Friday, September 25, 2009

A drunken story ( a fictional account loosely based on actual events...the names have been changed to protect the guilty)

     Every town has one, the resident drunk. You see him stumbling up and down the streets in the morning, not quite sure if it's day or night. He's sleeping in the doorways of the churches, and hanging around the dumpsters in back of the stores, but he's there, somewhere, in every town.
     The town of York, South Carolina had their fair share of drunks, which made certain holiday rituals quite entertaining.  Each year at Christmas, we would drive up to see Grandmother and Grandaddy and help them with their holiday errands. There were presents to wrap, fruitcakes to deliver, mantles to decorate, and the annual back lot bum run. Grandmother's idea of spreading Christmas cheer was to drive through all the back lots in town, passing out dollar bills to the resident drunks that lingered by the alleys as she wished  them all a "Merry Christmas!" She had been doing this for so many years that the resident drunks had come to expect her arrival, sort of like Santa Claus, and on the bum run day there always seemed to be a larger number of thirsty hobos hanging around the lots than usual.
      "Grandmother, he's just going to go buy liquor with that money," we told her each time. But she always had the same answer.
     "That is not for us to decide. I'm giving it to him, he can do whatever he wants to with it. He just might buy a hot meal. Now drive me out behind the drug store."
     So off we'd go, searching for another drunk who was going to be delighted to get a free Christmas toddy out of Mrs. Louise. She had no idea how much cheer she was actually spreading around those back lots each holiday.
     We had one in our own town, of course. His name was Willie Taylor, junyah, but his friends all called him Hambone.  He was a terrible drunk, stumbling around town in a wine-soaked haze, but he was a gentle, simple soul who loved to make friends with anyone willing to give him a minute.  A smile always lit up his face as he petted you on the shoulder while declaring "You's my buddy, you's my best buddy."
     He worked when he was sober enough, delivering fresh, hot donughts for a local restaurant. Problem was, he couldn't stay sober long enough to get through the day. Hambone would have to start nipping early on his delivery route, just a little sip here and there, to get him through the morning, steady out the shakes.
     He'd make it to the first few stops, slightly intoxicated but still somewhat coherent.  He'd nip a little more along the way, and by the time he passed the high school, Hambone was feeling so fine and carefree nothing bothered him. The students knew his routine well, and being hungry and devious, they also knew how to work it to their advantage. To his delight, the kids would call out, "Hey Hambone, howya doing? You gonna  be my buddy?"  It was widely known that Hambone wanted to be everybody's buddy.  He would amble over to the students,  pat them on the shoulder and say, "You's my buddy, you's my best buddy." To prove his devotion, he would start handing out the fresh donughts from his delivery box to all his best buddies, and before long, Hambone had no more goods to deliver.  He also had no more job for the day, so once again, he headed  to the back lots, dumpsters, and wine bottles.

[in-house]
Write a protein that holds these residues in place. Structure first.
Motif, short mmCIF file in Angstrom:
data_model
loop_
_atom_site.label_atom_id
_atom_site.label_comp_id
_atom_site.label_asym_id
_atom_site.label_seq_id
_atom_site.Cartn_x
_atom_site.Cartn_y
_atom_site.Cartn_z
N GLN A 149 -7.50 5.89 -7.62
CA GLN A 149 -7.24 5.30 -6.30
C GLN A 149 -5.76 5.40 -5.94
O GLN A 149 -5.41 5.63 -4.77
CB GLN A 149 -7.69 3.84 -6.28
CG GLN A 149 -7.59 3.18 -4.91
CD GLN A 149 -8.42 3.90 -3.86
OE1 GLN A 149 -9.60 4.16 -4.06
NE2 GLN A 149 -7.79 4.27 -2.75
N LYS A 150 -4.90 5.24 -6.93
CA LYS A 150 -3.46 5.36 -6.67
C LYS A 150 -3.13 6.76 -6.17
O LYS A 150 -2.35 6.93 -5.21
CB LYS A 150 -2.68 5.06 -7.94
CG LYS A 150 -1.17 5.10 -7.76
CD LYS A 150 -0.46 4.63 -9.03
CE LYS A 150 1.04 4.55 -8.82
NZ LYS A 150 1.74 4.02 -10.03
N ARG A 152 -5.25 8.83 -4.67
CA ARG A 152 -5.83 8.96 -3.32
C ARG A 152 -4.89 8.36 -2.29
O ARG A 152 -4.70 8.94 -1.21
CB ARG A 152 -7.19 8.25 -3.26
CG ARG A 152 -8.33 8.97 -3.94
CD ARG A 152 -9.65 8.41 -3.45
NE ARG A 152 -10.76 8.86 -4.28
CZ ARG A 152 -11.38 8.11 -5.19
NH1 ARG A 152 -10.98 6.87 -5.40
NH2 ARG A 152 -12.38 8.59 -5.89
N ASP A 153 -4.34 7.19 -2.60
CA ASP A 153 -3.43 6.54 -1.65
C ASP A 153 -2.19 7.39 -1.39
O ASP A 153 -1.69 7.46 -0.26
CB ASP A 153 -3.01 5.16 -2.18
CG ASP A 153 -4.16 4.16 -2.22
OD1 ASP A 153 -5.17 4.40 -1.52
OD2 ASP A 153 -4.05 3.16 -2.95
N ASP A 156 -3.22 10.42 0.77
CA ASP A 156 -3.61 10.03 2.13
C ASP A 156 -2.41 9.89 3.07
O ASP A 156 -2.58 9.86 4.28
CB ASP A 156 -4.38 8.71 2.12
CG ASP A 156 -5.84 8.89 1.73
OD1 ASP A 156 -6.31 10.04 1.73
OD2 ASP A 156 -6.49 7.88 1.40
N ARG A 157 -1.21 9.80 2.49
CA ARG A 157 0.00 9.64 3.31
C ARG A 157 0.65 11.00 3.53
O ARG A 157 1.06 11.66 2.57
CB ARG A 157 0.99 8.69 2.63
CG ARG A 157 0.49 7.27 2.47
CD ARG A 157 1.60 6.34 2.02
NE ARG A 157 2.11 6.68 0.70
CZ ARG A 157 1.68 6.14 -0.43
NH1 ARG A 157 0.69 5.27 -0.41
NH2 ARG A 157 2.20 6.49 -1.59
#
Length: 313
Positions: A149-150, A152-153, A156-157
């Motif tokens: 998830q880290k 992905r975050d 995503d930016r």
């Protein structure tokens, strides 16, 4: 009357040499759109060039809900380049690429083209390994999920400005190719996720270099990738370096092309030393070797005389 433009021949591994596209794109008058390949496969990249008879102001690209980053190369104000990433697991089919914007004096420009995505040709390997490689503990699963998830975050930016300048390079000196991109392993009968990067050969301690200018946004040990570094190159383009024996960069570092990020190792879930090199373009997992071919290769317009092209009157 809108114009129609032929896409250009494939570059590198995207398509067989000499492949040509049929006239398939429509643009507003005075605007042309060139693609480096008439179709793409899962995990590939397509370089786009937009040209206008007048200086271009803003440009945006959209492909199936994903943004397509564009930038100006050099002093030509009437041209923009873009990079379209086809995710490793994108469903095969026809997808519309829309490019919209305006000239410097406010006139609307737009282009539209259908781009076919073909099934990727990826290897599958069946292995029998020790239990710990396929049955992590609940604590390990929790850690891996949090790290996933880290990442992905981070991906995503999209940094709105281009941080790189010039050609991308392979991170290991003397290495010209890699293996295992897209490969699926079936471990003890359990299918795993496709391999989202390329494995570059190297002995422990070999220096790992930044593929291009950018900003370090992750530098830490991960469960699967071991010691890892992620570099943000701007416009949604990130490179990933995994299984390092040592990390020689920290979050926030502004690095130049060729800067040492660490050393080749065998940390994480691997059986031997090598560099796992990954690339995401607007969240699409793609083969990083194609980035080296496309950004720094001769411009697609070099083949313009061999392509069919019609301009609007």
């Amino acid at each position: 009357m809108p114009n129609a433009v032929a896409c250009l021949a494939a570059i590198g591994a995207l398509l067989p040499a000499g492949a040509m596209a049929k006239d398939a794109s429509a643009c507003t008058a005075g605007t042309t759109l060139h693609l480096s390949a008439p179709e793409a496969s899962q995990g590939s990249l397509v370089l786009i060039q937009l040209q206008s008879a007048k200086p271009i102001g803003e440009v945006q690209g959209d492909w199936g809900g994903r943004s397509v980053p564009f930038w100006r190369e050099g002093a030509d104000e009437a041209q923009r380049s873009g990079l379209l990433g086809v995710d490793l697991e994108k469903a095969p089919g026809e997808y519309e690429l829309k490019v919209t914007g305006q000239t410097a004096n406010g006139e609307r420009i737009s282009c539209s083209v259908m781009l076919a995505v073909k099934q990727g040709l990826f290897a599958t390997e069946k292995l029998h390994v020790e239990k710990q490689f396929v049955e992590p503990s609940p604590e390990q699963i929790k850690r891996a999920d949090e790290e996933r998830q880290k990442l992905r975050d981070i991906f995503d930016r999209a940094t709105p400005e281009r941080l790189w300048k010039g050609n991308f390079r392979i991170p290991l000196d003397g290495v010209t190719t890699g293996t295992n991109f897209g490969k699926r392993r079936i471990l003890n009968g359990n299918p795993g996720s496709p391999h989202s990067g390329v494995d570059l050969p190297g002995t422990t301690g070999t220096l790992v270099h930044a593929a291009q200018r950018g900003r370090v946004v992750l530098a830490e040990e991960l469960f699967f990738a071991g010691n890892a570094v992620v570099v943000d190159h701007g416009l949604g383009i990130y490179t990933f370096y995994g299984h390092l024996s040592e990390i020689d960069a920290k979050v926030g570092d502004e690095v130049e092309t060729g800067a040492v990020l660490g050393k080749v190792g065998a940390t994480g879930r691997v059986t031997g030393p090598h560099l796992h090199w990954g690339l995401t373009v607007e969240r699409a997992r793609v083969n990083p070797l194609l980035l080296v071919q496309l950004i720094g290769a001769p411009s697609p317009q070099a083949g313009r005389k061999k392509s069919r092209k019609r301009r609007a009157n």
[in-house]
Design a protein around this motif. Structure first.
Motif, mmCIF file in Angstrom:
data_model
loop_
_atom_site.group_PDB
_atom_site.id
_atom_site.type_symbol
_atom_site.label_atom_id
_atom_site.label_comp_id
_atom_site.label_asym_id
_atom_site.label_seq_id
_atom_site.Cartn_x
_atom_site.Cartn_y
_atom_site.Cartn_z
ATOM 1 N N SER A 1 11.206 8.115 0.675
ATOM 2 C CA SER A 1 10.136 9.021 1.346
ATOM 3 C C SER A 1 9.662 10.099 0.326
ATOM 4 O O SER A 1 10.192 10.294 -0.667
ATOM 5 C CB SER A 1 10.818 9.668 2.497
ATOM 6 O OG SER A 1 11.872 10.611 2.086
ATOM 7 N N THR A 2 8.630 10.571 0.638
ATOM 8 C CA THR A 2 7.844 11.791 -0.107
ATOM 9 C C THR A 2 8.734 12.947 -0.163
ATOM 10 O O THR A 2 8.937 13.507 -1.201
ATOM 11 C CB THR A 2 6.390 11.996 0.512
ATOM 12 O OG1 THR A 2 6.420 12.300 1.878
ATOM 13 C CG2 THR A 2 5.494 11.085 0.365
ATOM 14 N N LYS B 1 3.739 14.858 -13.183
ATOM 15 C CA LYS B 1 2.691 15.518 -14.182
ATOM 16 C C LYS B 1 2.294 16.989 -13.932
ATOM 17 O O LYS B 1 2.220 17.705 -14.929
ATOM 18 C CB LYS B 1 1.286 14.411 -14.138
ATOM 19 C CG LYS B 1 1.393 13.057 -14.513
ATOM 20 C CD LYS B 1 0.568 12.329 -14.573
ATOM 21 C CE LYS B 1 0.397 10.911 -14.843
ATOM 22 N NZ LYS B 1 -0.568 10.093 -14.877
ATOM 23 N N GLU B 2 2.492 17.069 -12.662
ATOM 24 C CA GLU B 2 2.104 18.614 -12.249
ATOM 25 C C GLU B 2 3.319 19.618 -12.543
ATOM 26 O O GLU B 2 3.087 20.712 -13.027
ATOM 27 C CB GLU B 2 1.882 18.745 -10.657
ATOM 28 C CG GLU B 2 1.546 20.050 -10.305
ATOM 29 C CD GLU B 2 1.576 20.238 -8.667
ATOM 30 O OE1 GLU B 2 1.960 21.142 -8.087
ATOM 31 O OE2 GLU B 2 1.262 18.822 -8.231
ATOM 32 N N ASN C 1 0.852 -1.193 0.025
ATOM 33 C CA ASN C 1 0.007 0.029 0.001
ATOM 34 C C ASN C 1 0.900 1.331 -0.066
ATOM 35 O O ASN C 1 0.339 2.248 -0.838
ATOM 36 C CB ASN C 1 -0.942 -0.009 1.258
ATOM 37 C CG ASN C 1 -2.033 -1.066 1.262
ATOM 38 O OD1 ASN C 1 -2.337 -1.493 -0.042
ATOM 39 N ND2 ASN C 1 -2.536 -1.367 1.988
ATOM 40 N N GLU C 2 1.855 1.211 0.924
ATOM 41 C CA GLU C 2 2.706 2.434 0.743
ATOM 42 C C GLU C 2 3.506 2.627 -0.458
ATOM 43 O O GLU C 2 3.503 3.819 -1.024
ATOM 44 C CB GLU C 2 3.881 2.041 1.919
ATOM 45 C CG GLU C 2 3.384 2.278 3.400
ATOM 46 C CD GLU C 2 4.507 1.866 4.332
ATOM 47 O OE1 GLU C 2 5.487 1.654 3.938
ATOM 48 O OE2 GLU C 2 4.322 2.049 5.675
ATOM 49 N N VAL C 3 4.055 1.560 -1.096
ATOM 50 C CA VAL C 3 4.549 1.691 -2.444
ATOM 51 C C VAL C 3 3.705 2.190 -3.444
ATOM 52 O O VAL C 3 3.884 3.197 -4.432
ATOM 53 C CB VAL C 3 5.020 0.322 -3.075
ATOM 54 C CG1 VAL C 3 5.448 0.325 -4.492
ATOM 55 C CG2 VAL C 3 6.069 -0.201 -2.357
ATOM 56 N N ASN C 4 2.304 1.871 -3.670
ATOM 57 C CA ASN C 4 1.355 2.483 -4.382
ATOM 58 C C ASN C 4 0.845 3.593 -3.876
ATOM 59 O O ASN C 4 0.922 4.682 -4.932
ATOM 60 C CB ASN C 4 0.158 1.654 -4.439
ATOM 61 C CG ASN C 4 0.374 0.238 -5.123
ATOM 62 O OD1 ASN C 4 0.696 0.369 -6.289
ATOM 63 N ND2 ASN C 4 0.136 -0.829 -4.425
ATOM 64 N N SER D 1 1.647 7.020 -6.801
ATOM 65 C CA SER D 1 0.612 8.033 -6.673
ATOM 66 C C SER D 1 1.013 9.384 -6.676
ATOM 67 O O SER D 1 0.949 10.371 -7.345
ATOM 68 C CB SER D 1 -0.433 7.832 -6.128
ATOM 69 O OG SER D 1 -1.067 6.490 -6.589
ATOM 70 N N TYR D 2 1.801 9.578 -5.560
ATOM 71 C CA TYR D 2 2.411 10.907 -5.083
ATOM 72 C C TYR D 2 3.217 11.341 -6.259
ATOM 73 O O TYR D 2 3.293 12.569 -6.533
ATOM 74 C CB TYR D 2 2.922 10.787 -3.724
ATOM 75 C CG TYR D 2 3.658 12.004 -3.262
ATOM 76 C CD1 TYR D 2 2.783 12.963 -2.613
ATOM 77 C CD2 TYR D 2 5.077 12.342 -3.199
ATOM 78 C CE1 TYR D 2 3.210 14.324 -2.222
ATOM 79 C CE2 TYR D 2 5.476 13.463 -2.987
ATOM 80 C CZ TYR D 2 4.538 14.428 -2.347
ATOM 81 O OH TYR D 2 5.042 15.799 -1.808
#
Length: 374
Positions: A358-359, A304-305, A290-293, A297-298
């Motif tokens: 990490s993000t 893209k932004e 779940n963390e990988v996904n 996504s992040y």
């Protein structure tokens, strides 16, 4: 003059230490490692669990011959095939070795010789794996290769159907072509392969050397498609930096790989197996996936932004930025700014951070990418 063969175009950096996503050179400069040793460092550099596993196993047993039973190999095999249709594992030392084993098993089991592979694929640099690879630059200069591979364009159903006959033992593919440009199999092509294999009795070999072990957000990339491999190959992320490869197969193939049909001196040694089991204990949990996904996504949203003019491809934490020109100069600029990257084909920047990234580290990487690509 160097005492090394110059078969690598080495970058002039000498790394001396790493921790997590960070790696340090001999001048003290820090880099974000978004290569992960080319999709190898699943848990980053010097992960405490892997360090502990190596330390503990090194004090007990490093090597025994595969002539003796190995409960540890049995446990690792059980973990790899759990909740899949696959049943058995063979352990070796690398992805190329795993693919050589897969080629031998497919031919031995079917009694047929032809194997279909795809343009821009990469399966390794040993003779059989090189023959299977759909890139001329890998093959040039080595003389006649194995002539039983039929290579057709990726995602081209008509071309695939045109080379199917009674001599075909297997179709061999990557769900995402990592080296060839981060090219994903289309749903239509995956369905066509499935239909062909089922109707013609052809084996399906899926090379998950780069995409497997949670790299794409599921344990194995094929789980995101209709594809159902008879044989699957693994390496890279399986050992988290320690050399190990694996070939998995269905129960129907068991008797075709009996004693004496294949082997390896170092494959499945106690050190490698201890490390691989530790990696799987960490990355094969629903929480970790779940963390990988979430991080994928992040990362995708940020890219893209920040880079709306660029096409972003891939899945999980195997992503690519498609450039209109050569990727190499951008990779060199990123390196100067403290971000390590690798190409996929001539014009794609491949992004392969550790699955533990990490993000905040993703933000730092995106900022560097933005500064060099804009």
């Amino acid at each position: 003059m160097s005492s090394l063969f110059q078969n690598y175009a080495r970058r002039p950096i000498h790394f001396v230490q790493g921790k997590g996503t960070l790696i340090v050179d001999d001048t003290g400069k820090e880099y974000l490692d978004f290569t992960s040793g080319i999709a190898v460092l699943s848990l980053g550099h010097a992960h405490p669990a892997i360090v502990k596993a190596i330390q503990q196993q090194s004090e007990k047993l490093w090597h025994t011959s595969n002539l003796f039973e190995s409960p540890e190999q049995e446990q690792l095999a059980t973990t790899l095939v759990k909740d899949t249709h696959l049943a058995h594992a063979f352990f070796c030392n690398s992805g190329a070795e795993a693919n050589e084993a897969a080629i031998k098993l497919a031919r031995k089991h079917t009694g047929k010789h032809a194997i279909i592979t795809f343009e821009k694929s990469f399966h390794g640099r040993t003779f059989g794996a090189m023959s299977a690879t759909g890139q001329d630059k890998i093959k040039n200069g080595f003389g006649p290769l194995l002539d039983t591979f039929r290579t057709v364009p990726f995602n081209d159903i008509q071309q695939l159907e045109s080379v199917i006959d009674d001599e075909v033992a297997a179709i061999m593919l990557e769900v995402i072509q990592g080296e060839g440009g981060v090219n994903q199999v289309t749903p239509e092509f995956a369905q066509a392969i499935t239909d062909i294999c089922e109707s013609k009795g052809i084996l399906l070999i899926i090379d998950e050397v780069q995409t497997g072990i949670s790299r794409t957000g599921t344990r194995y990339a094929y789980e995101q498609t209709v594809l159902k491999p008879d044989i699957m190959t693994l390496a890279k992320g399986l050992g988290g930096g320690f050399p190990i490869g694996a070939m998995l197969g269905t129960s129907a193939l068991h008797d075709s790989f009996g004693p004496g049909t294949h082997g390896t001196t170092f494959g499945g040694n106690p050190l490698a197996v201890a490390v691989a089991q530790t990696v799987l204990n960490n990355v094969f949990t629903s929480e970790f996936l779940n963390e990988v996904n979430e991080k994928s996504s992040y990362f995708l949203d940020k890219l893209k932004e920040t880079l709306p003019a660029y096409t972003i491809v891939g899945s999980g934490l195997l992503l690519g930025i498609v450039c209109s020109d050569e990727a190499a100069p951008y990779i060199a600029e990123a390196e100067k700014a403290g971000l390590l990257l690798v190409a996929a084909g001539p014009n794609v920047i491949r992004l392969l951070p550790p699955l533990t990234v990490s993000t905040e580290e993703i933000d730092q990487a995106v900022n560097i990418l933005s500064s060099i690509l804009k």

He had family in town, but had long ago abandoned living with them.  The siren call of the streets and the bottle seemed to be all his feeble mind could hear. They regularly tried to dry him out, sober him up, but never got anywhere. The liquor had too strong a grip on him, and Hambone didn't have the strength to fight it anymore. The years of drinking had drained him of all energy. Tired, weak, and bloated, he could only manage to shuffle around town looking for his next bottle and  his next best buddy.
     "You's gonna die of roaches in the liver," his mother would cry. "The doctuh done tole me and tole me that if you's ain't stop drinking, you's gonna get roaches in your liver. I don't know why you wanna die that way. Why, Willie, why you wanna die like dat?"
      But Willie, too far gone to listen to his mama anymore, only answered, "You's my buddy, mama, you's my best buddy."
     "I ain't yo buddy, Willie. I's yo mama. Now git on out of here and don't come back till you ain't likkered up no mo."
     They both knew that day would never come.
     He died one chilly spring morning behind a dumpster in the back lot, curled up like a sleeping baby, with a smile on his face.  The doctor had been right about those "roaches in the liver." Cirrhosis of the liver was the only thing Willie had left in the end, and it took the last drop of life from that gentle soul who only wanted to be someone's best buddy.

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